Today’s post comes from Delphine Douglas, class of 2018 and Art Center Multimedia Student Assistant.
On October 1st, a group of docents from the Art Center left Poughkeepsie to learn about Thomas Cole and Hudson River School painters in the Catskills. We started out early in the morning with a visit to Kaaterskill Falls. This double waterfall was a popular subject for Hudson River School painters, including Asher Durand whose painting Kindred Spirits features Thomas Cole with William Cullen Bryant at the falls.
After comparing the real and painted views we drove further into the Catskills and started a hike that brought us higher into the mountains. As we hiked we noticed the types of plants and rocks that Hudson River School painters carefully reproduced in their paintings. As we passed a Hemlock tree we also learned that this was the type of tree that was frequently chopped down in the late 1800s to collect tannins for processing hides. Thomas Cole lamented what he saw as the careless destruction of a divine environment, and I found it interesting to see the descendants of those trees that Thomas Cole spent so much time worrying and painting about.
We also took time to stop and admire the impressive views of the Hudson Valley from the mountains including the view from Sunset Rock which was a frequent subject for Thomas Cole. It was a beautiful, clear day and I definitely felt deeply appreciative of the landscape and mountains we were walking through, which was a feeling Cole and others described in their writing and tried to express in their paintings.
After a quick lunch we drove north to Thomas Cole’s house known as Cedar Grove, in Catskill, New York. Our very helpful guide, Maddy Conley, showed us around the historic site. This included restored rooms which looked as they would have while Thomas Cole lived in the house with his wife Maria Bartow and their family. Both these and the unrestored rooms featured highlights from Thomas Cole’s painting career. In the house we got a better sense of how Thomas Cole lived, including the supportive influence of Maria Bartow and his family on his work. The views of the Catskills from the west side of the house also testified to Cole’s deep love and commitment to the landscapes he painted. We also got the chance to see reproductions and originals of Cole’s most famous works, including The Architect’s Dream, which were displayed in the house as they would have been during Cole’s life.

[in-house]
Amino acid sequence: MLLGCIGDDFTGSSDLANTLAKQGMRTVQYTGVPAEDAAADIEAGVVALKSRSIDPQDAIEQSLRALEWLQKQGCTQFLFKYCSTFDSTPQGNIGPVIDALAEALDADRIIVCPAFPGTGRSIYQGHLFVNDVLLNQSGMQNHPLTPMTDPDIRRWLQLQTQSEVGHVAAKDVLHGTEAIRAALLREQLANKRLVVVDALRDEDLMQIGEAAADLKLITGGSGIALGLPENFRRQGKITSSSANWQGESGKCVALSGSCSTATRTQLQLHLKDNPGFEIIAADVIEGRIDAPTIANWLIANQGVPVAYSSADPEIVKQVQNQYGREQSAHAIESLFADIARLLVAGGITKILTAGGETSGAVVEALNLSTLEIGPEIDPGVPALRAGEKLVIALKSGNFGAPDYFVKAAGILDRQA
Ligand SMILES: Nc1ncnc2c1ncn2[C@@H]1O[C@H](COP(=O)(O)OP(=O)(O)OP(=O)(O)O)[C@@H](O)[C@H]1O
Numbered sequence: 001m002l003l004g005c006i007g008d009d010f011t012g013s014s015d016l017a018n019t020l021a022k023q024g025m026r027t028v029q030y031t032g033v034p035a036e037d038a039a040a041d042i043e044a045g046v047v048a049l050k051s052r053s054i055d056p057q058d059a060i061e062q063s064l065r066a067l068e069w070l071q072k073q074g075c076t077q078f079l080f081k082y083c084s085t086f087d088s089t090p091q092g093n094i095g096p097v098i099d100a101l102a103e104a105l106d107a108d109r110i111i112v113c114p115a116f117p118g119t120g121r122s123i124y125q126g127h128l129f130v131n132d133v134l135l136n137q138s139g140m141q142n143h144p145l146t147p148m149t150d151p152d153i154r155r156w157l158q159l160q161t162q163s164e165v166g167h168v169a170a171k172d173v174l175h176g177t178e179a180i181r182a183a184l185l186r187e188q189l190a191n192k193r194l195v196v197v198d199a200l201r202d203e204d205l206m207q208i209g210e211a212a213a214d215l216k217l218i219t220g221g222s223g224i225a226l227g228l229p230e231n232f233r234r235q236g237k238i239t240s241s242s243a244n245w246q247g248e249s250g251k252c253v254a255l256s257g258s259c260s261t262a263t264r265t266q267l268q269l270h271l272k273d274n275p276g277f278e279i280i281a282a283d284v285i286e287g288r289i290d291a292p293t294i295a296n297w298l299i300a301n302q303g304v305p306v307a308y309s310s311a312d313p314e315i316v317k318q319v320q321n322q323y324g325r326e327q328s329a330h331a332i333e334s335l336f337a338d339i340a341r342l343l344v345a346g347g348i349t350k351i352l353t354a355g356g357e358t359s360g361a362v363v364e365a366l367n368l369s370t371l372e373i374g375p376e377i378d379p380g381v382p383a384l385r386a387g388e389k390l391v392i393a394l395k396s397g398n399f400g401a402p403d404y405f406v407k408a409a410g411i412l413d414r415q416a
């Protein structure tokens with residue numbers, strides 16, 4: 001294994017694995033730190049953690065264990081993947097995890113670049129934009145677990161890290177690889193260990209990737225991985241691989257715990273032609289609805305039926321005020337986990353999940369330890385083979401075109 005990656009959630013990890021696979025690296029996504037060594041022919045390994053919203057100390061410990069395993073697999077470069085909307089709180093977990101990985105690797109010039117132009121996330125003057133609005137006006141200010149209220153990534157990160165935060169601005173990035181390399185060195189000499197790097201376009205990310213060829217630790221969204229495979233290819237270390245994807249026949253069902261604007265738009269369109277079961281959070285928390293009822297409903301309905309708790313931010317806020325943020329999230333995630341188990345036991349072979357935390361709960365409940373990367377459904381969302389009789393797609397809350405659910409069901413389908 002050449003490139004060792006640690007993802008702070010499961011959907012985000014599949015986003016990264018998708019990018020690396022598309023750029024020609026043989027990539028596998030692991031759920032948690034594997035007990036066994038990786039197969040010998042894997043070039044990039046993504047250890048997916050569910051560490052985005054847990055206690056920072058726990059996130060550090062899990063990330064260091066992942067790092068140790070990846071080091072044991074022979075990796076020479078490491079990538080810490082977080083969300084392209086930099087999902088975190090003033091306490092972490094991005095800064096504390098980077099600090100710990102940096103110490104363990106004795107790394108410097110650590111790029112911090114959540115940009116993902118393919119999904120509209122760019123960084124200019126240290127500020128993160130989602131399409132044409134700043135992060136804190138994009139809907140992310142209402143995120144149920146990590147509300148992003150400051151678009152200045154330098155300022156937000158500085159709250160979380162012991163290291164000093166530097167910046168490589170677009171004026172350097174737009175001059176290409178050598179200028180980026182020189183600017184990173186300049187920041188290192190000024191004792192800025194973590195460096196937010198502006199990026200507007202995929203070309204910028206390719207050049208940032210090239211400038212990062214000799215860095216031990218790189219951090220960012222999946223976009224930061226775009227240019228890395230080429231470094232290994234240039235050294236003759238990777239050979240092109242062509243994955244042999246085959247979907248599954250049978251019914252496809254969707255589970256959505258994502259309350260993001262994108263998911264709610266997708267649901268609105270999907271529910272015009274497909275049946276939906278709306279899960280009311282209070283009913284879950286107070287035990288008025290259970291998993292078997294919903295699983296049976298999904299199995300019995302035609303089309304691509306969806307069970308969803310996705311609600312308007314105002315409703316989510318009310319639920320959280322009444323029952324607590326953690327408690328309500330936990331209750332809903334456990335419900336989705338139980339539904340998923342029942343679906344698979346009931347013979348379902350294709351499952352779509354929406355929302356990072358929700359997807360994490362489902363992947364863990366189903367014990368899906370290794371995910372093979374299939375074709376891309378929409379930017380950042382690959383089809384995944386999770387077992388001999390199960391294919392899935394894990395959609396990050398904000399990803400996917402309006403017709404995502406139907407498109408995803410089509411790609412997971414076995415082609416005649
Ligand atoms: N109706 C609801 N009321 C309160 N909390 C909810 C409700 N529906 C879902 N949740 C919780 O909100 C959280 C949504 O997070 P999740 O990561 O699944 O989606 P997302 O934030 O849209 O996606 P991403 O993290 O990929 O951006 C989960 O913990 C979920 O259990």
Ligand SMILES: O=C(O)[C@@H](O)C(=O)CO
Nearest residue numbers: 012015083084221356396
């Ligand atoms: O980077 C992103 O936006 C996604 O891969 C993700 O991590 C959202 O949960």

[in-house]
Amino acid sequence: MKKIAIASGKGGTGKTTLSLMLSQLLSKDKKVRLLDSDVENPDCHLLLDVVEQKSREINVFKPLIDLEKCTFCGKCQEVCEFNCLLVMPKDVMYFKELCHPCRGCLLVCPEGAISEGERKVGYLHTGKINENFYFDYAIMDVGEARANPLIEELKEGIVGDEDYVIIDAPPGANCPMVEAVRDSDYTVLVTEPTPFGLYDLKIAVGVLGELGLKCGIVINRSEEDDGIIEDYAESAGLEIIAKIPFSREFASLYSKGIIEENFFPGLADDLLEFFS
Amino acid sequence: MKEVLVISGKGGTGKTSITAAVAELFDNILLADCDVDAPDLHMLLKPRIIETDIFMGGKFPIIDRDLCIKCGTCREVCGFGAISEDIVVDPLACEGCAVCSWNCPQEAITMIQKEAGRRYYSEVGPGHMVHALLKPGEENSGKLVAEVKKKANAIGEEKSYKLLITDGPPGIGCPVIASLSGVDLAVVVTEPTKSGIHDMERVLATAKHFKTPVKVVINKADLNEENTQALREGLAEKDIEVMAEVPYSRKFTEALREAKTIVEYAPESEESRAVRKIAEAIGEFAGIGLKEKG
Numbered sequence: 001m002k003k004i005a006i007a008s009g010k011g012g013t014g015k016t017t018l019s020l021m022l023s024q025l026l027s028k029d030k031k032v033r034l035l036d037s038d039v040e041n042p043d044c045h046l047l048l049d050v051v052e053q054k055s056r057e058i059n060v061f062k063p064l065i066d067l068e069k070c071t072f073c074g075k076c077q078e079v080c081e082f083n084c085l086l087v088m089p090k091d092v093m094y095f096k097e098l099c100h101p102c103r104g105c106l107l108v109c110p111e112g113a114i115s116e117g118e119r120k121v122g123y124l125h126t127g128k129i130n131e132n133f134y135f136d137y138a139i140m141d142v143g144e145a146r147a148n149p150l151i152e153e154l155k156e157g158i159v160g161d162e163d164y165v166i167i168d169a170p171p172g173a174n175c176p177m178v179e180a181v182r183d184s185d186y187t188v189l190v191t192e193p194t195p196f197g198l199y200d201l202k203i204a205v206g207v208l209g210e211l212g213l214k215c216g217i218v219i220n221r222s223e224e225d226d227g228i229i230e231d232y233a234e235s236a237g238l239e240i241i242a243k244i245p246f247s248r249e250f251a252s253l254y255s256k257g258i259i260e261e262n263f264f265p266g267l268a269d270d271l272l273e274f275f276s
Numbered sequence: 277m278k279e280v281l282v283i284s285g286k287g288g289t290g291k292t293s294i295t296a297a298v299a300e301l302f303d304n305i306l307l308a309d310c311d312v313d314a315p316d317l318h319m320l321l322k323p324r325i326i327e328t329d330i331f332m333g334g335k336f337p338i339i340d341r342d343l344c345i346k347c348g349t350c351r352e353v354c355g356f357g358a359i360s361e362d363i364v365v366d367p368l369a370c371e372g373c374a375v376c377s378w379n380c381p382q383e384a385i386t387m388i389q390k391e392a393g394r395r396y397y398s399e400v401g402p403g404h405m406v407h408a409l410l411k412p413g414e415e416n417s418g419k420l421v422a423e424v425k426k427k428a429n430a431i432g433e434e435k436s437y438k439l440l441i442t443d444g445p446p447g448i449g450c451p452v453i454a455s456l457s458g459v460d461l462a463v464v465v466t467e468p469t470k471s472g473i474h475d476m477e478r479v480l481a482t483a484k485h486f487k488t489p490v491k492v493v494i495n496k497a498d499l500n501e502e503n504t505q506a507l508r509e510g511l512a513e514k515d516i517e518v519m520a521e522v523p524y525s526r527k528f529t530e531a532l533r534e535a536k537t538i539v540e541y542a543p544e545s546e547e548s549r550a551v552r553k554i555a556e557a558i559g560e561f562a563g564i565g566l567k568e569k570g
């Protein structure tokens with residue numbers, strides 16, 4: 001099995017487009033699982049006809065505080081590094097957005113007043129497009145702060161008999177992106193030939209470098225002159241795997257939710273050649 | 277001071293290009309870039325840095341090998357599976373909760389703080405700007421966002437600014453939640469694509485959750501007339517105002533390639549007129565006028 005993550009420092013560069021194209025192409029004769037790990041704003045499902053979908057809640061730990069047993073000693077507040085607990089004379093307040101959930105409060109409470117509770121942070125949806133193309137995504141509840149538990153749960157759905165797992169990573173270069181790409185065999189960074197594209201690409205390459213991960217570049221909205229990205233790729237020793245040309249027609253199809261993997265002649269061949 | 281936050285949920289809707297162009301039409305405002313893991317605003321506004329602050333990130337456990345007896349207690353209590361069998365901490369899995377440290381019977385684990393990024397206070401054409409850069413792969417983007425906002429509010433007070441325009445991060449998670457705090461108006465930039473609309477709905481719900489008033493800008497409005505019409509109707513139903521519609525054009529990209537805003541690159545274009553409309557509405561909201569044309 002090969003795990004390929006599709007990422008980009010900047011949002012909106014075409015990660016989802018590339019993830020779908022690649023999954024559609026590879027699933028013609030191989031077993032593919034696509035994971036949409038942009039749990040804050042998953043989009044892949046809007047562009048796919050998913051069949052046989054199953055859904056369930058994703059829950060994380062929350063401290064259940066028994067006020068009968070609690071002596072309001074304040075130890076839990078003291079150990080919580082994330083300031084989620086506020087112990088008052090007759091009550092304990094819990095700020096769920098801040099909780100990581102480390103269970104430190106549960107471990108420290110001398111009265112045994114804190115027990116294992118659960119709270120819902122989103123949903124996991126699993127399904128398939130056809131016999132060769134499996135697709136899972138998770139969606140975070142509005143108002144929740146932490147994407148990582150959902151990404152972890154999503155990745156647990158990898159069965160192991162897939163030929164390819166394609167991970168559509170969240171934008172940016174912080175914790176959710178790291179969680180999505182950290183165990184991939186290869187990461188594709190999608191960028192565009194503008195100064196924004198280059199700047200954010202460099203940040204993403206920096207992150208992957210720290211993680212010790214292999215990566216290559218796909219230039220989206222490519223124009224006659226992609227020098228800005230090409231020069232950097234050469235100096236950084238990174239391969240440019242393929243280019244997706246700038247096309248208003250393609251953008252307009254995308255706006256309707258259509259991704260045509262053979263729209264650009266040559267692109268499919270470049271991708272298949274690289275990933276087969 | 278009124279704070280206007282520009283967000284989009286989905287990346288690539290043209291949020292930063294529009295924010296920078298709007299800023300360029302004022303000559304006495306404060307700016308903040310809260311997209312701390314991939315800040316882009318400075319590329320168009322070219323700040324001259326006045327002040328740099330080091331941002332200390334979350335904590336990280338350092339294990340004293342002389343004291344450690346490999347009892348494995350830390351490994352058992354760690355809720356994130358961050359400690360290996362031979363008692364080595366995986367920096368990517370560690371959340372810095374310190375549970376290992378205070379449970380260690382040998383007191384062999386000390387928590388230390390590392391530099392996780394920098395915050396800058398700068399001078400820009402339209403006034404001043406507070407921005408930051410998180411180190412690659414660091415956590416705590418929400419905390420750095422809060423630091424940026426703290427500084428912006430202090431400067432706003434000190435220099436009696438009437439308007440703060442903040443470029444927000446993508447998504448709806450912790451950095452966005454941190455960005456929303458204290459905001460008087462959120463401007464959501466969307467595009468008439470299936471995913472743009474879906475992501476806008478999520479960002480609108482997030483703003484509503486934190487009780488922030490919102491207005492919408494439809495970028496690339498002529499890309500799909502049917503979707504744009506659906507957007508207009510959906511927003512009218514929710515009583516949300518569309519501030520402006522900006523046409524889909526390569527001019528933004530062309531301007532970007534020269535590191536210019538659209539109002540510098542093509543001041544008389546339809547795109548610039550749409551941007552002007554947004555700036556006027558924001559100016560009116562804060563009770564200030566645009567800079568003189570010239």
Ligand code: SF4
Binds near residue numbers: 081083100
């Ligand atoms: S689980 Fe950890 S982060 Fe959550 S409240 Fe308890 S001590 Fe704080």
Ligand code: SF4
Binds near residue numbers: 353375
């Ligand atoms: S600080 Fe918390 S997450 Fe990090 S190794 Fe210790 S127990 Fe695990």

Visiting Cole’s house and studio served as a good reminder that Cole painted the Hudson Valley because he felt a deep spiritual connection to the landscape and nature that surrounded him when he lived there. For him this was more than a subject to be painted, but also an enriching and happy part of his lived experience. I personally enjoyed making a connection between my life and work by going on this trip and seeing how close to home these mountains are.
You can visit the Thomas Cole House website here. You can explore highlights of the Art Center’s Hudson River School collection through the online catalogue here.